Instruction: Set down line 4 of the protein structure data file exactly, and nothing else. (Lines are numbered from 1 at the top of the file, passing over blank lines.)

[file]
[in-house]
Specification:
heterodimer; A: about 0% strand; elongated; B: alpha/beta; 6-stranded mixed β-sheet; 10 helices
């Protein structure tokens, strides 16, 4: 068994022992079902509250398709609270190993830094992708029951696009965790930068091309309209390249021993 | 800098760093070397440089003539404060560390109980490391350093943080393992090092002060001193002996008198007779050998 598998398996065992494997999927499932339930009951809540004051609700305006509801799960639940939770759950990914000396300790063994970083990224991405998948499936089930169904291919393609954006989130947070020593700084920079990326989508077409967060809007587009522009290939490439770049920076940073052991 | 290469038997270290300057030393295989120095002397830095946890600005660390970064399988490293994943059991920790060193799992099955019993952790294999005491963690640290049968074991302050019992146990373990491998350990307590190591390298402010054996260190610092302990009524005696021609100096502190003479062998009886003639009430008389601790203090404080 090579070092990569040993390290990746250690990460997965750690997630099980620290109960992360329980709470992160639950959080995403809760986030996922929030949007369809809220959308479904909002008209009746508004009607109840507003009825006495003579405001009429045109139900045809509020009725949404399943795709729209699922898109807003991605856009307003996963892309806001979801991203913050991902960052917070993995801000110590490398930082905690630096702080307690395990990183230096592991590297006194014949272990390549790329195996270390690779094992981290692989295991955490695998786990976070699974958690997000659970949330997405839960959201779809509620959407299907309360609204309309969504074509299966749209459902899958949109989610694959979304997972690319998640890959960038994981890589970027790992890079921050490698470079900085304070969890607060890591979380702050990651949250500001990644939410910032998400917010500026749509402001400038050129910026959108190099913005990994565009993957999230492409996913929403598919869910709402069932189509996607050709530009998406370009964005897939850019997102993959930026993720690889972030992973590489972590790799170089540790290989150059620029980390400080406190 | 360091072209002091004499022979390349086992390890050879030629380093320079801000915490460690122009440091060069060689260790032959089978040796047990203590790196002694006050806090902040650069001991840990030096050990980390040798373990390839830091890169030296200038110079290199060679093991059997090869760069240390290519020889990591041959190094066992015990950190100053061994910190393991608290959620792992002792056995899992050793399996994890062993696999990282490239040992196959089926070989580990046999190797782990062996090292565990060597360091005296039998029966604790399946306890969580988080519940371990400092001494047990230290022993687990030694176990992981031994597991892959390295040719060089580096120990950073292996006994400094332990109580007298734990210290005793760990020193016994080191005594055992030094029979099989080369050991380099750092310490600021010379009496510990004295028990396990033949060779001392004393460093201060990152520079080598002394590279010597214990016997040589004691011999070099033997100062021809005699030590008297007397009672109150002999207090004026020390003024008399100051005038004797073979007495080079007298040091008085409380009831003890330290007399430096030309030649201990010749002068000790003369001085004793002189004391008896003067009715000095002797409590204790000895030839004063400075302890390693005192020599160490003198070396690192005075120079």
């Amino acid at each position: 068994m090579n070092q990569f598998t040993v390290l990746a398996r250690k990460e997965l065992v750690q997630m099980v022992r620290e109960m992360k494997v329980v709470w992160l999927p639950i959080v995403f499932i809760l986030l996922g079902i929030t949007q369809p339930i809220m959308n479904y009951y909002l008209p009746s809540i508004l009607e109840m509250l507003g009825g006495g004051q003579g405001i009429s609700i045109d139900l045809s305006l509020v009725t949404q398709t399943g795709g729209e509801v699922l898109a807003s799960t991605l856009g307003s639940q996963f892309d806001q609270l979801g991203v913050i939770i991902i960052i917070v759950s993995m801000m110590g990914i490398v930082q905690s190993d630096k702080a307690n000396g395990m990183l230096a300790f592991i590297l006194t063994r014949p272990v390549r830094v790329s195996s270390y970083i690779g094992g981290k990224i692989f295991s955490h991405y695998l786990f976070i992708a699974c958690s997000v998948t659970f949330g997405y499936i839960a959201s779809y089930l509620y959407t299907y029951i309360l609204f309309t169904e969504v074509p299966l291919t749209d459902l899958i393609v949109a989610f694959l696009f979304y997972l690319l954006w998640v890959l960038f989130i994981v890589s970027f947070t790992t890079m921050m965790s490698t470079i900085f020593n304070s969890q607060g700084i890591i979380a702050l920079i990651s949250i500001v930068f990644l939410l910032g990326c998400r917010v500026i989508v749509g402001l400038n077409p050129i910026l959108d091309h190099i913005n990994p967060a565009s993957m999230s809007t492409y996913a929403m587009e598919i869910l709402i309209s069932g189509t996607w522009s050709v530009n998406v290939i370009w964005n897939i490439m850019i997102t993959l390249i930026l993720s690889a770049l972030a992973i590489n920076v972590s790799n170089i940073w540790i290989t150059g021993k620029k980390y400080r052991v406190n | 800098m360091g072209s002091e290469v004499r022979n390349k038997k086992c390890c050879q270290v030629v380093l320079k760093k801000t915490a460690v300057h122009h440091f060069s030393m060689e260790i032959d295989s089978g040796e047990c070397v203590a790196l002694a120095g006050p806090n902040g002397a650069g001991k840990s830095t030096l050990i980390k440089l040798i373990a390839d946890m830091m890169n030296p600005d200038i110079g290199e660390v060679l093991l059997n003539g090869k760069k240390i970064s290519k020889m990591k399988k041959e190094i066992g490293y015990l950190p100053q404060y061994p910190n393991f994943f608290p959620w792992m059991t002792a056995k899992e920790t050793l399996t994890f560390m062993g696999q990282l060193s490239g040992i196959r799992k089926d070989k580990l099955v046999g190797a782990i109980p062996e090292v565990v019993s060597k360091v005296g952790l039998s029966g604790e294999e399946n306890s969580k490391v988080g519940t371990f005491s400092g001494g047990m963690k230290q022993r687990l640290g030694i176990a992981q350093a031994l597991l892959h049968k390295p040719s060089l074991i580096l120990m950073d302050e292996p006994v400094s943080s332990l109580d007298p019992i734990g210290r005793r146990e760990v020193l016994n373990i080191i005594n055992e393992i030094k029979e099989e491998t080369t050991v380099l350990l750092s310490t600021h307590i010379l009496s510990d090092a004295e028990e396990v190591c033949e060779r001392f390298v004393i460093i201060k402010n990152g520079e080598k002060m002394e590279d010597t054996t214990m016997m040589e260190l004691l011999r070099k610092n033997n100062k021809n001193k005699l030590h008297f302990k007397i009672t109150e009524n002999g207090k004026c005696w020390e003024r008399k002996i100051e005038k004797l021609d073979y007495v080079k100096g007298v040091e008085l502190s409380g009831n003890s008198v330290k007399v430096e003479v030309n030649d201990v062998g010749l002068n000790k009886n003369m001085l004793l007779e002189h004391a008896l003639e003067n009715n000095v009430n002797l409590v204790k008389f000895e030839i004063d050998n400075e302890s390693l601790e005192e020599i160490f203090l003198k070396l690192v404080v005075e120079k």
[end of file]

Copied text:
């Protein structure tokens, strides 16, 4: 068994022992079902509250398709609270190993830094992708029951696009965790930068091309309209390249021993 | 800098760093070397440089003539404060560390109980490391350093943080393992090092002060001193002996008198007779050998 598998398996065992494997999927499932339930009951809540004051609700305006509801799960639940939770759950990914000396300790063994970083990224991405998948499936089930169904291919393609954006989130947070020593700084920079990326989508077409967060809007587009522009290939490439770049920076940073052991 | 290469038997270290300057030393295989120095002397830095946890600005660390970064399988490293994943059991920790060193799992099955019993952790294999005491963690640290049968074991302050019992146990373990491998350990307590190591390298402010054996260190610092302990009524005696021609100096502190003479062998009886003639009430008389601790203090404080 090579070092990569040993390290990746250690990460997965750690997630099980620290109960992360329980709470992160639950959080995403809760986030996922929030949007369809809220959308479904909002008209009746508004009607109840507003009825006495003579405001009429045109139900045809509020009725949404399943795709729209699922898109807003991605856009307003996963892309806001979801991203913050991902960052917070993995801000110590490398930082905690630096702080307690395990990183230096592991590297006194014949272990390549790329195996270390690779094992981290692989295991955490695998786990976070699974958690997000659970949330997405839960959201779809509620959407299907309360609204309309969504074509299966749209459902899958949109989610694959979304997972690319998640890959960038994981890589970027790992890079921050490698470079900085304070969890607060890591979380702050990651949250500001990644939410910032998400917010500026749509402001400038050129910026959108190099913005990994565009993957999230492409996913929403598919869910709402069932189509996607050709530009998406370009964005897939850019997102993959930026993720690889972030992973590489972590790799170089540790290989150059620029980390400080406190 | 360091072209002091004499022979390349086992390890050879030629380093320079801000915490460690122009440091060069060689260790032959089978040796047990203590790196002694006050806090902040650069001991840990030096050990980390040798373990390839830091890169030296200038110079290199060679093991059997090869760069240390290519020889990591041959190094066992015990950190100053061994910190393991608290959620792992002792056995899992050793399996994890062993696999990282490239040992196959089926070989580990046999190797782990062996090292565990060597360091005296039998029966604790399946306890969580988080519940371990400092001494047990230290022993687990030694176990992981031994597991892959390295040719060089580096120990950073292996006994400094332990109580007298734990210290005793760990020193016994080191005594055992030094029979099989080369050991380099750092310490600021010379009496510990004295028990396990033949060779001392004393460093201060990152520079080598002394590279010597214990016997040589004691011999070099033997100062021809005699030590008297007397009672109150002999207090004026020390003024008399100051005038004797073979007495080079007298040091008085409380009831003890330290007399430096030309030649201990010749002068000790003369001085004793002189004391008896003067009715000095002797409590204790000895030839004063400075302890390693005192020599160490003198070396690192005075120079």